Sin taxes are taxes used to discourage certain behaviors and sometimes to raise revenues for health enhancing activities. These taxes are generally levied on goods or activities associated with poor health outcomes, such as cigarettes, alcohol, gambling and sugar-sweetened beverages.
Overall, the evidence with respect to the role of sin taxes in reducing consumption of alcohol, tobacco and sugar-sweetened beverages is quite strong. The evidence with respect to sugar-sweetened beverage taxes is the thinnest — while these taxes drove down sugary beverage consumption in the city where the taxes were implemented, studies foud that sugar-sweetened beverage consumption rose in neighboring towns.1 Furthermore, the impact of beverage taxes on obesity rates remains to be seen. By comparison, the linkages between tax levels and alcohol and tobacco use, and positive health impacts, is quite strong.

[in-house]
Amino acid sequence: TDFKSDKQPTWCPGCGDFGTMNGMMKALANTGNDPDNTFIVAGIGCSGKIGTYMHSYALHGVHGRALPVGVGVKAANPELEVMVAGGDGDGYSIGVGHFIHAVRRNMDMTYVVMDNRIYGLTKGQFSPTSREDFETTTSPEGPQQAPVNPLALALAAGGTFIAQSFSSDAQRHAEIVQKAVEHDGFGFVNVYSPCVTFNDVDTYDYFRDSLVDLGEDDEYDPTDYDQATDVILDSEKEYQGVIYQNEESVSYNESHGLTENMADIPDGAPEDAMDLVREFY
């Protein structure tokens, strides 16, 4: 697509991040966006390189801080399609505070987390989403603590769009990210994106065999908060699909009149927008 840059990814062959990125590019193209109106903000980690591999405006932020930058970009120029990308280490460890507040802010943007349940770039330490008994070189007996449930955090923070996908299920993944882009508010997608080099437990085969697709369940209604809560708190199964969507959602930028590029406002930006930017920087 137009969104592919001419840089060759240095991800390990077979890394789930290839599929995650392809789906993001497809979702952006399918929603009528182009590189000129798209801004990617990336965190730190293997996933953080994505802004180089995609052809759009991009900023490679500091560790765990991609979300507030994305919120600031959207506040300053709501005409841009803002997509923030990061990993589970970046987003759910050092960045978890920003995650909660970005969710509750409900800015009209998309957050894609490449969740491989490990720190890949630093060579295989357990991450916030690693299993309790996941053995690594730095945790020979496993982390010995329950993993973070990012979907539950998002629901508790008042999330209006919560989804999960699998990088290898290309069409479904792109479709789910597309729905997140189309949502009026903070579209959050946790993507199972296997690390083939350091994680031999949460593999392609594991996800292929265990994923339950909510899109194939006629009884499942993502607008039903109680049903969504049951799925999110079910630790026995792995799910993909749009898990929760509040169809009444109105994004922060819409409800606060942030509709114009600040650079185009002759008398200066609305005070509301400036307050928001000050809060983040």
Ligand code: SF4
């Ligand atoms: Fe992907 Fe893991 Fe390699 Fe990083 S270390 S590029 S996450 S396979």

With respect to tobacco cessation in particular, using a multi-component approach that includes educational initiatives and environmental changes has proven more effective than using just one approach in isolation.2
1. Roberto, Christina A., et al., "Association of a Beverage Tax on Sugar-Sweetened Beverages With Changes in Beverage Prices and Sales at Chain Retailers in a Large Urban Setting," JAMA, Vol. 321, No. 18 (May 14, 2019).
2. Farrelly, M. C., et al., "Youth Tobacco Prevention Mass Media Campaigns: Past, Present, and Future Directions," Tobacco Control, Vol. 12 (June 1, 2003).